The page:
Yes, Mario Kart DS is the office game du jour, helped by the growing number of dual-screen Nintys around various magazine teams. It has received largely positive reviews -- deservedly so as it's better than most of the derivative tripe on the shelves -- but few writers have made any detailed comparisons to earlier Mario Karts, particularly the SNES version.
Nintendo has had a topsy-turvy run with the Mario Kart series: following the remarkably fine-tuned SNES original, the company slipped up on Donkey Kong's banana skins and managed to make a mess of the N64 version. Gone were the taxing tracks and fabulous balance of driving and weaponry; in their place were tediously elongated courses and a massive leaning towards weapons. It was still good fun, but every SNES fan in the know agreed that Shigs should've had a few sharp words with his colleague Hideki Konno.
Then, Intelligent Systems, that bunch of miracle workers, got the series back on the right track with Super Circuit. They ditched the N64's pointless speed-boost-joystick-waggling nonsense (which made the game feel like Olympic Gold) and introduced a gamut of genuinely challenging courses. All was well in Mario Kart land. Nintendo took the game back in-house for the Gamecube release; I played it only briefly, but completed most of it in an afternoon session.
And so we come to Mario Kart DS. In summary? A great racer, packed with characteristic Nintendo touches and innovations, but still lacking the zing that made the SNES version a timeless classic. Rainbow Road is once again a travesty -- a stretched-out, winding course with too many barriers and hardly any tough bends. Compared to the outrageously hard (but fair) no-barriers narrow-stretches tight-turns brilliance of the original Rainbow Road, it leaves a bad taste. Also, the frustrating invincible Blue Shell makes an unwelcome return, providing Mario Kart DS with the racing game equivalent of the 'unexpected falls onto deadly spikes' you find in shoddy platformers. In other words, a gameplay device about which you can do nothing, and that exists purely to compensate for a lack of difficulty elsewhere. Sigh.
Nintendo is usually very adept at challenging and rewarding players in bouts -- it's a shame they let this through. You can drive immaculately at 150cc on a difficult course, keeping ahead of the pack and working your socks off, and then... bang. A Blue Shell smashes you in the air, while three karts speed past you over the finish line. You're not being challenged, you're not being pushed to the limits of concentration and ability, like on the SNES -- you're just punished for driving better. In single-player mode, it makes the game rather tiresome, as you wonder whether it's worth all the effort only to be smacked in the face by an invincible weapon at the end.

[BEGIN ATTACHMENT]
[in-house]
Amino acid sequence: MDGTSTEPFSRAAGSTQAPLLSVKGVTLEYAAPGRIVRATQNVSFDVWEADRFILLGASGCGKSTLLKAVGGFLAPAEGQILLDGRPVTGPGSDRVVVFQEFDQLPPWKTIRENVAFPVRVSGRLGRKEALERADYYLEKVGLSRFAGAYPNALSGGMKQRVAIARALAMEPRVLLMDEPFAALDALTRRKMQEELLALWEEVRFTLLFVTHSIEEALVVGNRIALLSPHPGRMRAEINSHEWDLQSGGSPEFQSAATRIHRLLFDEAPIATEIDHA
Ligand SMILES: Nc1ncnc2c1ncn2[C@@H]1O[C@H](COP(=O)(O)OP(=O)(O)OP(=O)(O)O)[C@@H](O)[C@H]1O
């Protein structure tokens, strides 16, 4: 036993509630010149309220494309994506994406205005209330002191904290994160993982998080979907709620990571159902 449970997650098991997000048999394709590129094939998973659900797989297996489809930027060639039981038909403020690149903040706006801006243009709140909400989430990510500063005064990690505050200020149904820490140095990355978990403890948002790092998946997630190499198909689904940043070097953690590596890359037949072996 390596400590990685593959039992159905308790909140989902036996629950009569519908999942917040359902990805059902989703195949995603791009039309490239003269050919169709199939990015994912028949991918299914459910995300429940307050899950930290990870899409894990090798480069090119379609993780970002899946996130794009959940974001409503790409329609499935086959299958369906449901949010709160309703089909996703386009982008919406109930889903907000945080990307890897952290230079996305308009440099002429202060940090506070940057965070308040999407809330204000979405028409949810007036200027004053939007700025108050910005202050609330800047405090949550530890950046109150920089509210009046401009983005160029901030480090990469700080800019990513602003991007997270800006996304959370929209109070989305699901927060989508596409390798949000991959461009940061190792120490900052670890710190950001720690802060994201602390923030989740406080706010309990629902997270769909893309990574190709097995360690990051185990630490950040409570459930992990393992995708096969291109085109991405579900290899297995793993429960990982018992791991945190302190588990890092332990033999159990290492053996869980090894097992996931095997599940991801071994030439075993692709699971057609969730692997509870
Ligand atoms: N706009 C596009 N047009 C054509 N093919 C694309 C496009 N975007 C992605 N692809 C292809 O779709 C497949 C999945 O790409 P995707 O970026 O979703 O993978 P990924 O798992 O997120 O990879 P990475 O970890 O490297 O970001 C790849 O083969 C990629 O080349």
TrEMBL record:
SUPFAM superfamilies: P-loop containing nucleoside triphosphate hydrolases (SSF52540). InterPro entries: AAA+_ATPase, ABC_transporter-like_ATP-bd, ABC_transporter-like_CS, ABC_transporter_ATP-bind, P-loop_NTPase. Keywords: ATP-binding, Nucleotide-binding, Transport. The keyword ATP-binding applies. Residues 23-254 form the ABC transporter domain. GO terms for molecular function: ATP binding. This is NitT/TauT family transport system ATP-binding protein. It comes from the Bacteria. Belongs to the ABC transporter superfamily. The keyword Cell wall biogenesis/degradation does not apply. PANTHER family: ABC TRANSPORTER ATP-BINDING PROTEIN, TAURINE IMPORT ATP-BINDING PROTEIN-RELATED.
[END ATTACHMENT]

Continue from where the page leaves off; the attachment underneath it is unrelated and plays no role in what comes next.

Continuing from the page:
This gameplay blooper also rears its ugly head in multiplayer mode, albeit not quite as annoyingly. But still, races are often resolved by a lucky lottery of weapons rather than ability -- there's nowhere near the same level of satisfaction you got on the SNES version, or other superb multiplayer romps like Wave Race. In Mario Kart DS, all too often a win feels like a fluke rather than an achievement, and a loss feels like you've been robbed of victory in the final few seconds, rather than failing because of bad driving. There's no mastery, no Zen-like concentration to focus intensely on the apex of a corner. Instead, you're too busy waggling the D-pad to get an awkwardly squeezed-in 'boost' feature, waiting for another Blue Shell to negate your efforts.
Players should always feel like they're responsible for what happens -- something Nintendo has traditionally got spot-on. Like in Mario Kart SNES, or Bomberman, or even Street Fighter II, your wins feel deserved and your losses bring acceptance that you've been outplayed. Mario Kart DS lacks this, sadly. Looking around the Net, long-time players of the Mario Kart series are expressing similar sentiments: it's a good game, but Nintendo still hasn't retrieved the gameplay aspects that made the original so perfect. We need expertly designed tracks that take weeks to master, we need the right balance of driving and weapons, we need focus on handling and cornering (rather than pad-waggling), and most importantly, we need the feeling of achievement back. We want wins to make us feel proud, and losses to make us feel like we deserved it.
All that said, Mario Kart DS still has plenty of good bits, and is well worth buying. But Shigs: please direct the next Mario Kart yourself, or at least place it in Intelligent System's crafty hands.